It won't be tension per se that breaks strings, it's stress - the tension per unit cross-sectional area, ie tension / CSA. Think of a rope .... the same tension will break a thin rope (small CSA), regardless of length, but not a thicker one (big CSA) - because the stress is greater for the thin rope. And with strings, higher gauges require higher tension to tune to the same pitch; so if it was tension that causes strings breakages, higher gauges would be more likely to break. Also, tension is the same along the entire length of the string, including the lengths past the nut and bridge (unless you have friction problems at the nut, or the saddle on a fixed bridge ... but they would manifest as tuning instability, so readily recognizable). So an extra long E string is not at higher tension (or stress) than the same string at the same scale length on a guitar with shorter post-nut/post-bridge distances.

But it's hard to determine string stress precisely. D'Addario is one of the few manufacturers that publish their string tension, but they don't publish stress. So it's hard to tell if different string brands have different intrinsic stresses, and/or string-to-string production variability in stress; if higher, either would lead to a greater propensity to break. But at least for D'Addario one could calculate stress from published tension and the known diameter (gauge) of the string. The problem is that strings don't break under normal calculated stresses; they break when that stress is exceeded, and the circumstances that lead to that are not always clear (as this thread's discussion shows).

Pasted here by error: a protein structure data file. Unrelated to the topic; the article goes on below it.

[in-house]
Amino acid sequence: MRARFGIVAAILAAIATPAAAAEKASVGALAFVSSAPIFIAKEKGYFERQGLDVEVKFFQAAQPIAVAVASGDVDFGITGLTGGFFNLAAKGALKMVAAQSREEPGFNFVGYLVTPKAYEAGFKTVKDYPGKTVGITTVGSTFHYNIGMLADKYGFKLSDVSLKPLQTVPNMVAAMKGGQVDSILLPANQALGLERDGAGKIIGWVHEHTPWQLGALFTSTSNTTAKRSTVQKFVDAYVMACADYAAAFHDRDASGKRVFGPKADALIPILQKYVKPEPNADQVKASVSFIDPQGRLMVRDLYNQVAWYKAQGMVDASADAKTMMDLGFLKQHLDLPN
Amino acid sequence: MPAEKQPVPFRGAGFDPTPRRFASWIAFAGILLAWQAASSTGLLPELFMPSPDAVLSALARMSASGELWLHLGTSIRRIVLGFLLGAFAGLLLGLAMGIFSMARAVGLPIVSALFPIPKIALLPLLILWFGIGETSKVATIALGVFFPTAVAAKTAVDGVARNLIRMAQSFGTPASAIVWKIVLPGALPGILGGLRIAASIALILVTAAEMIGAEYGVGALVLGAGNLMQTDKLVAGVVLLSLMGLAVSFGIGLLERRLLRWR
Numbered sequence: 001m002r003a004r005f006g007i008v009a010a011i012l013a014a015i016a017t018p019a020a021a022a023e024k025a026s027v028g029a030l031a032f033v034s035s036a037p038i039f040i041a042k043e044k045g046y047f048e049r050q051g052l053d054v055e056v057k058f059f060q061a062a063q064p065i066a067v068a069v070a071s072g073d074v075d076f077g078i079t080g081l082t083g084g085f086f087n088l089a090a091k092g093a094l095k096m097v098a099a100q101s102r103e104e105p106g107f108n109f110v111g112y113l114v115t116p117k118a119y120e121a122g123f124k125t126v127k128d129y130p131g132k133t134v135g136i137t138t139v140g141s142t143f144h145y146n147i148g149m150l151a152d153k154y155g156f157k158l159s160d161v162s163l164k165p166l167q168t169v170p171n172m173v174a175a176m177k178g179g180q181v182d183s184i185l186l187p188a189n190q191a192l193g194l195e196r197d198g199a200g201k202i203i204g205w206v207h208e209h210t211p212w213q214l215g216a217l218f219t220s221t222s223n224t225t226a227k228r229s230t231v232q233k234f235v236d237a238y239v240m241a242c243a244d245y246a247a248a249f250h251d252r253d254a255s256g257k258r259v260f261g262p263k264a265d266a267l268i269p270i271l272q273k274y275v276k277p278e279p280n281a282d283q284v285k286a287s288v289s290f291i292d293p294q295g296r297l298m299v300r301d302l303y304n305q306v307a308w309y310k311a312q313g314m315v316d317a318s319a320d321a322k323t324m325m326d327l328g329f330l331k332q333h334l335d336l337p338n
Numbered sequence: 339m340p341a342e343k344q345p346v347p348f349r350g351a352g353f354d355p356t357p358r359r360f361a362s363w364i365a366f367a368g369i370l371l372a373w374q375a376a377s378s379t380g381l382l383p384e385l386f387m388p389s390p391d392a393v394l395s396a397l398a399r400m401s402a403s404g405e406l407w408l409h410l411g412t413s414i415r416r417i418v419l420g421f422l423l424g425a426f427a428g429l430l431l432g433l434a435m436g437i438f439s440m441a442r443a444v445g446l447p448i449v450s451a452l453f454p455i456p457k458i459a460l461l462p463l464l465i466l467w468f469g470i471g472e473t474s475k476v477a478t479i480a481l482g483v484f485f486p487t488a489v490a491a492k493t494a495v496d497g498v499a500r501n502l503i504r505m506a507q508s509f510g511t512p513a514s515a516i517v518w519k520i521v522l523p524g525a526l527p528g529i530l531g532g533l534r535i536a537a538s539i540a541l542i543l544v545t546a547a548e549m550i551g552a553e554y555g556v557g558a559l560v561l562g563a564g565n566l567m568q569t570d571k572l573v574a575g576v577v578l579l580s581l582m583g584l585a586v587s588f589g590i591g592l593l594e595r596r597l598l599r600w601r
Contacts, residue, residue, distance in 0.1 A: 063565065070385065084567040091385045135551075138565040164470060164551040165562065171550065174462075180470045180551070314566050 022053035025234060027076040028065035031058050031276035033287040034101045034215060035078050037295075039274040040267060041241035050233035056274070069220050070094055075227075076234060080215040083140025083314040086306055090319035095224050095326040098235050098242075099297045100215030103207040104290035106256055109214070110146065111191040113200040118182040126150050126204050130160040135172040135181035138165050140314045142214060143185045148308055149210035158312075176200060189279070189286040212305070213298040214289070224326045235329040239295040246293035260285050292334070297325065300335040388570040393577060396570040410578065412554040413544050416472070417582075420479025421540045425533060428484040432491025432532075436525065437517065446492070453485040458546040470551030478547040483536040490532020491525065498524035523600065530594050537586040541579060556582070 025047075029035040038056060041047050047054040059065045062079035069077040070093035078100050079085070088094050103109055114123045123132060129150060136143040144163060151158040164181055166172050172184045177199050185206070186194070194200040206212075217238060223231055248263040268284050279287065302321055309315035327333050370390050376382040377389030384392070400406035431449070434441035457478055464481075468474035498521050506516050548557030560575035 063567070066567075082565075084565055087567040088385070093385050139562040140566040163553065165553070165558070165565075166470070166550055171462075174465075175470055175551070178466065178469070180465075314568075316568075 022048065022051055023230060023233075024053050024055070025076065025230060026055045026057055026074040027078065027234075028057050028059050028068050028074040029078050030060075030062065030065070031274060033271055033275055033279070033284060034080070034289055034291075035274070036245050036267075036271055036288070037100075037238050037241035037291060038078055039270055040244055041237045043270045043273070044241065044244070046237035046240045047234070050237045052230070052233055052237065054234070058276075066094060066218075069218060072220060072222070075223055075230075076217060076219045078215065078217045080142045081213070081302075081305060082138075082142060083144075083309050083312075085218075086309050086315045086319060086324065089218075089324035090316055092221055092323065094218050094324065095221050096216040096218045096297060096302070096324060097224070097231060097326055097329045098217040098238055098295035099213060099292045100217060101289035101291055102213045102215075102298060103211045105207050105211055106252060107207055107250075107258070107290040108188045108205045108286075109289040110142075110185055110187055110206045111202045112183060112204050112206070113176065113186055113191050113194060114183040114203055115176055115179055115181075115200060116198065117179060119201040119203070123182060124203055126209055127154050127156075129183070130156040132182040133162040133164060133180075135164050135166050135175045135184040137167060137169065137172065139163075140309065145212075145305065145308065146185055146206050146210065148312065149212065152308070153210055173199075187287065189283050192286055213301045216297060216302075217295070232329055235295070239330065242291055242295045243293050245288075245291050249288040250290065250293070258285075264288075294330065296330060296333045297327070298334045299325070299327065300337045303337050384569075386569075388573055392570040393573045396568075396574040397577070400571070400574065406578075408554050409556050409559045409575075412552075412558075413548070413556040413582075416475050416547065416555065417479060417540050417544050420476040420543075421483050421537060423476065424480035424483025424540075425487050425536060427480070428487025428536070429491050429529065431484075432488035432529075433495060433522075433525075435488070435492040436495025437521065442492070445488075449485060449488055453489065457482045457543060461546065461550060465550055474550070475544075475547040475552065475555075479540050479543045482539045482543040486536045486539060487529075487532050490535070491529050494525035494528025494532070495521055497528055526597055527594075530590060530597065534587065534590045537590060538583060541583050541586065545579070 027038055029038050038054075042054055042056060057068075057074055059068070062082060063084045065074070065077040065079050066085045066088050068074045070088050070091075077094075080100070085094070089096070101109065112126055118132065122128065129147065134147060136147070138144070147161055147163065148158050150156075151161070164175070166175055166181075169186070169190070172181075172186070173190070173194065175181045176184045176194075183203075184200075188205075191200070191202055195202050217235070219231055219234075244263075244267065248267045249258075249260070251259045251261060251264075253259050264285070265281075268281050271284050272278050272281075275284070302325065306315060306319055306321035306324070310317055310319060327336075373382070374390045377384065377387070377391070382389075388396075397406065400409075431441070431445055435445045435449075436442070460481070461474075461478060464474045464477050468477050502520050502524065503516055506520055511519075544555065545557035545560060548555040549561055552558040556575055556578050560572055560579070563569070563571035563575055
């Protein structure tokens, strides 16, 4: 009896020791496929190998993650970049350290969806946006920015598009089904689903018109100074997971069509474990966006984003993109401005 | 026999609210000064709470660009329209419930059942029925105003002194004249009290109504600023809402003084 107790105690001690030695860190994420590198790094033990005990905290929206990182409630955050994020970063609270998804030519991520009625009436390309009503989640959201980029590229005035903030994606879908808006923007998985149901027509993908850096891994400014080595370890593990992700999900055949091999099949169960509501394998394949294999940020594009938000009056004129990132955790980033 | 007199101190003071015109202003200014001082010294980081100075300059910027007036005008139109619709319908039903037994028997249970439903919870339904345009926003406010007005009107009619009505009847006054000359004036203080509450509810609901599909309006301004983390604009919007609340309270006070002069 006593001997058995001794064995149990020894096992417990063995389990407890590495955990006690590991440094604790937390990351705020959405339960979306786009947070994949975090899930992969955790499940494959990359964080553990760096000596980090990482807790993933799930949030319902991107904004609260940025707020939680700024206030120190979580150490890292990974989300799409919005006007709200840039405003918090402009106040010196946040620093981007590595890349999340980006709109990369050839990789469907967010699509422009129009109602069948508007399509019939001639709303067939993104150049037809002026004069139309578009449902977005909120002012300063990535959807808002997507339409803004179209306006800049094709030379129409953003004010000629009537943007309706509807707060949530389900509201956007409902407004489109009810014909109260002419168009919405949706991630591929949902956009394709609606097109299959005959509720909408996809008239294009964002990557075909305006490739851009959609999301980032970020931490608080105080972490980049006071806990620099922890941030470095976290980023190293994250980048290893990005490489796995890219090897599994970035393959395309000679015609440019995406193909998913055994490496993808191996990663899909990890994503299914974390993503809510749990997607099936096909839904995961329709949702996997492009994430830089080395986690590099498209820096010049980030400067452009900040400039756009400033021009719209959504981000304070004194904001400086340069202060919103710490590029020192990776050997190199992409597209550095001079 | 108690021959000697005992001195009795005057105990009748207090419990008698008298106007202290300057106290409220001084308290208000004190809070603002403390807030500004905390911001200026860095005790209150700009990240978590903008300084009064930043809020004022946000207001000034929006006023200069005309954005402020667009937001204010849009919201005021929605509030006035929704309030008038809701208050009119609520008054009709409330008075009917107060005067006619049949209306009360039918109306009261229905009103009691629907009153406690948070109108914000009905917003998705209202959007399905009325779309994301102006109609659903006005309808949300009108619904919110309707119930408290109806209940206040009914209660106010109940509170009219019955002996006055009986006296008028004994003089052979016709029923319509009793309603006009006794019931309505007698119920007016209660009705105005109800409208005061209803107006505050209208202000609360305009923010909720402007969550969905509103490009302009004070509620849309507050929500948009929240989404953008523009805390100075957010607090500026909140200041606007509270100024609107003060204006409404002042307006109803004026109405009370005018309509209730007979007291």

High E strings of low gauge (thinner) do seem more likely to break, even though they are at lower tension than a higher gauge E tuned the same way. That tells us that their relative reduction in CSA (being thinner) is greater than their reduction in tension, with the result that their stress is relatively higher (remember stress = tension/CSA), taking them closer to their yield stress, thus making them more likely to break.

Exposure to additional frictional or bending forces will increase the likelihood of breaking. Also, if these forces are applied over a small area, stress then will be higher than if they were distributed over a larger area.

So the cause of the problem we are discussing is one or both of: (1) strings are weaker in the region of the ball ends because they are bent/twisted around the ball end there, and/or (2) the geometry/mechanics of the trem exposes the strings to greater stresses there.

Mark French (guitar-playing Purdue engineering prof*) has done an interesting vid on general string strength physics (he uses guitar physics as a means to make science interesting to high school students and undergrads - so the maths is high school level).
https://www.youtube.com/watch?v=QV2XZihMMoA

*author of the books Engineering the Guitar, and Technology of the Guitar (neither of which have much electric guitar material - there are better sources for electric guitar physics).